Another way to motivate your employees to continue to do their best is to offer performance incentives. Sure, if you can afford it, you can always make it a financial incentive such as a bonus or gift card if a certain target is reached. But they don’t always have to involve spending cash.
You could start an employee-of-the-month program, for instance. But if the award continuously goes to the same few people, there will be no real incentive for other staff to try because they’ll feel that it is rigged. This can drop company morale even lower, having the opposite effect of the one you’re working so hard to create.
Let them have some fun
Employees can work at Disneyland — the “happiest place on earth” — and still have a job that feels monotonous or boring. Ultimately, when they're unchallenged or simply trying to get through the day, it is going to show up in their final product, as well as in their interactions with customers.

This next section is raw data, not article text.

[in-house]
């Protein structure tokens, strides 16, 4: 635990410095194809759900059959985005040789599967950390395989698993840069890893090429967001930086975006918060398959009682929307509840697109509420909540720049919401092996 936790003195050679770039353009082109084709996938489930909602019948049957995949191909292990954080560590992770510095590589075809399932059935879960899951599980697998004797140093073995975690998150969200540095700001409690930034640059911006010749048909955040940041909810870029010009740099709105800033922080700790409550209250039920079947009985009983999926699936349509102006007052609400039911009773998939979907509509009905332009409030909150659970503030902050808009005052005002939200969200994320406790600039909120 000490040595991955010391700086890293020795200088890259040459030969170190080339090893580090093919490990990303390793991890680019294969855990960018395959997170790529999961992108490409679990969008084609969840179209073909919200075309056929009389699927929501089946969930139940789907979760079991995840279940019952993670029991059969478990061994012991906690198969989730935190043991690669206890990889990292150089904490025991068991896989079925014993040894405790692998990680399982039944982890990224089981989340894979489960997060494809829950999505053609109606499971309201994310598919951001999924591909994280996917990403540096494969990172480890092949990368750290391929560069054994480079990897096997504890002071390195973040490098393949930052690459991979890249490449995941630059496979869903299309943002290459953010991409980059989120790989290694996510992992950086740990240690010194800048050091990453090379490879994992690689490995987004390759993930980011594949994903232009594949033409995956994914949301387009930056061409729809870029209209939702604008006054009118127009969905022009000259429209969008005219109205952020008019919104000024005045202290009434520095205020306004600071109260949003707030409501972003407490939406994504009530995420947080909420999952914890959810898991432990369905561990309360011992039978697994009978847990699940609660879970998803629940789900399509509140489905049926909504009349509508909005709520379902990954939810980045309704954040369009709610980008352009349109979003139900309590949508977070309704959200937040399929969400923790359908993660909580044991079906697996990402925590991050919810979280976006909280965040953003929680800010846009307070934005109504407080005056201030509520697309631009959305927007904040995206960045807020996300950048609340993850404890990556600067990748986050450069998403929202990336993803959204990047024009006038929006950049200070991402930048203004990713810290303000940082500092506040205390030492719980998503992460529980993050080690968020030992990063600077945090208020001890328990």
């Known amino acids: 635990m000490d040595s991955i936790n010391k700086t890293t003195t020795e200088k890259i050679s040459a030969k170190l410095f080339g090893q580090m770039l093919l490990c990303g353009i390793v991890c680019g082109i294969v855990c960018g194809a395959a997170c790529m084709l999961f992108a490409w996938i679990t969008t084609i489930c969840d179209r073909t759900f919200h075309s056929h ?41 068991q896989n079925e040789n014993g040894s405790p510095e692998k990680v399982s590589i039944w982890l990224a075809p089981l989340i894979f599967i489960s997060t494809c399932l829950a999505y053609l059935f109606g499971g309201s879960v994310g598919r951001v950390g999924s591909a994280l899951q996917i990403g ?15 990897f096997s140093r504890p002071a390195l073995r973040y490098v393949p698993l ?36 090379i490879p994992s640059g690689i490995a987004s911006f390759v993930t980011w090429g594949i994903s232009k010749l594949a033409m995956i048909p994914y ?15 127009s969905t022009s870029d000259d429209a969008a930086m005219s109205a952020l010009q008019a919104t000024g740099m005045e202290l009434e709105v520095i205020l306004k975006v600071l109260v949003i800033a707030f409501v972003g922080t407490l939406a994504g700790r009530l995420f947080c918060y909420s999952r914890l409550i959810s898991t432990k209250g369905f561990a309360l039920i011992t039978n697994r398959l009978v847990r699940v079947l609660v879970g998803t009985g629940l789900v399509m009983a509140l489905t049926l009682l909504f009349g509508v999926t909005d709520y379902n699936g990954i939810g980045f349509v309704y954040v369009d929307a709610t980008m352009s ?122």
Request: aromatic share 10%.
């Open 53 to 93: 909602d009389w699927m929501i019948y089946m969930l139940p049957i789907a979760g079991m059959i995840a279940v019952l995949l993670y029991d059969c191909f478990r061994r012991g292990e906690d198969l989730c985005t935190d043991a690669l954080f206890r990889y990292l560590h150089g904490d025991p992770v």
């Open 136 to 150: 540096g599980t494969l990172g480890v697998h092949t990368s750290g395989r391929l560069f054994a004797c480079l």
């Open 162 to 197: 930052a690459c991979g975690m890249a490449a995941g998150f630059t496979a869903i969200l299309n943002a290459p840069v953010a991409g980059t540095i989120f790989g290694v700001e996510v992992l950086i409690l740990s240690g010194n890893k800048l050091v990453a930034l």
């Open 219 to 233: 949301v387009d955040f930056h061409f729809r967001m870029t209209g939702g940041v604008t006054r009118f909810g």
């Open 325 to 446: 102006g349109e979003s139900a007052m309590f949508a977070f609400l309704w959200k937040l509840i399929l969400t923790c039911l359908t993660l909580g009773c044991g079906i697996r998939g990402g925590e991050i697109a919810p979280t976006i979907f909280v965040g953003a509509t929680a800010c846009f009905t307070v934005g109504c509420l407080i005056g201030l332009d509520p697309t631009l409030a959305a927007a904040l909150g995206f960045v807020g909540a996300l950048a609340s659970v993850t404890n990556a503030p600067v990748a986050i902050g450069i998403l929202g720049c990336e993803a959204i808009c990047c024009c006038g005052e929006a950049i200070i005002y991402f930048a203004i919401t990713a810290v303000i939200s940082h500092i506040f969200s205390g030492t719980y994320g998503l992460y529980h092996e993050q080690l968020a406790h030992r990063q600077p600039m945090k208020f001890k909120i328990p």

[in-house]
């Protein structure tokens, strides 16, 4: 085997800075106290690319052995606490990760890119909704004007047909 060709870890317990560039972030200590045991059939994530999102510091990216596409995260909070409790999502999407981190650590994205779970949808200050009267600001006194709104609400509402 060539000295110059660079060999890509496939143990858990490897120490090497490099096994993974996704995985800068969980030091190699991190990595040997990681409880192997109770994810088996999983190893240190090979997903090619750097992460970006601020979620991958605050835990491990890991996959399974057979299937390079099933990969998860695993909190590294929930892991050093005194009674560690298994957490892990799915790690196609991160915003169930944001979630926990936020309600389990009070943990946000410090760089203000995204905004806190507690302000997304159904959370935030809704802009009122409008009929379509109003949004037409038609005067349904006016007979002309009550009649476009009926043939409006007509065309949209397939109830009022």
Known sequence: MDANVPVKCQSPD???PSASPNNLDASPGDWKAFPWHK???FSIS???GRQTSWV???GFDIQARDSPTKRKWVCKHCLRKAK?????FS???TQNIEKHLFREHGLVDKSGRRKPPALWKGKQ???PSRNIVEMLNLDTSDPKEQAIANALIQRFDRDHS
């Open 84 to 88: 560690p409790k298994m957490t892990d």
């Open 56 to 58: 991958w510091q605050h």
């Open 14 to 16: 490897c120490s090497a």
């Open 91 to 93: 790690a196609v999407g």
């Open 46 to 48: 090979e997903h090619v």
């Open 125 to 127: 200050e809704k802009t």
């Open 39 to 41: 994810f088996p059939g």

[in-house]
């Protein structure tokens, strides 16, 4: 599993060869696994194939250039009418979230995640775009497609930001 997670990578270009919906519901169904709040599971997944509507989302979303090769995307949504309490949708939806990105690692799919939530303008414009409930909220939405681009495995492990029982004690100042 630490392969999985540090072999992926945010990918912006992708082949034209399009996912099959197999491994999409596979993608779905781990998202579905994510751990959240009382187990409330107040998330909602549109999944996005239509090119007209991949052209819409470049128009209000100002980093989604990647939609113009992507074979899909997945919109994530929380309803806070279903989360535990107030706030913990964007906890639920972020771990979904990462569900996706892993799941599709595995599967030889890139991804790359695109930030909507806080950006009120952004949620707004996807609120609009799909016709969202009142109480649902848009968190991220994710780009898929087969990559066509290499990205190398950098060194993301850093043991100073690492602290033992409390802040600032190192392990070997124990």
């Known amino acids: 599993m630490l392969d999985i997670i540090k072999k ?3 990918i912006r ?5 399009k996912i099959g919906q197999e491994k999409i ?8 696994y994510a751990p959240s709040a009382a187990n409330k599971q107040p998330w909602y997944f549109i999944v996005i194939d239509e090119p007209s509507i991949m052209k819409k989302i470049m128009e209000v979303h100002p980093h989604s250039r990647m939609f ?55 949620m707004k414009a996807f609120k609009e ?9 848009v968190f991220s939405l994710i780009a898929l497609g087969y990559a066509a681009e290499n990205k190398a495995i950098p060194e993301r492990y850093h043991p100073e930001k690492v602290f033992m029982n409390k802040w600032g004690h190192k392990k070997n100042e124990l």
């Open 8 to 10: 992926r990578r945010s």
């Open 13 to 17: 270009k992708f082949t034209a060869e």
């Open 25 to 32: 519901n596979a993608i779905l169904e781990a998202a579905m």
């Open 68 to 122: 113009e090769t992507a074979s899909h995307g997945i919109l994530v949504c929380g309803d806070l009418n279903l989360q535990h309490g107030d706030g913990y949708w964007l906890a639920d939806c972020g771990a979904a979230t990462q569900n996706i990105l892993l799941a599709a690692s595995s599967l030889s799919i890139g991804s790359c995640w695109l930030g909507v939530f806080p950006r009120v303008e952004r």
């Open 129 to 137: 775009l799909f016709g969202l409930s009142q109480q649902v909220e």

On the flip side, if they find their work environment fun, exciting even, they look forward to going in every day. This gives them an entirely different attitude, one that is promoting and welcoming, enticing more people to want to do business with the company.
Some staff also find it fun to give to others. To keep these employees from checking out, you could set up a fundraiser for a local charity or participate in a local charitable event as a team. Even if the fun is after hours, your employees will likely bring their happiness back to work the following the day.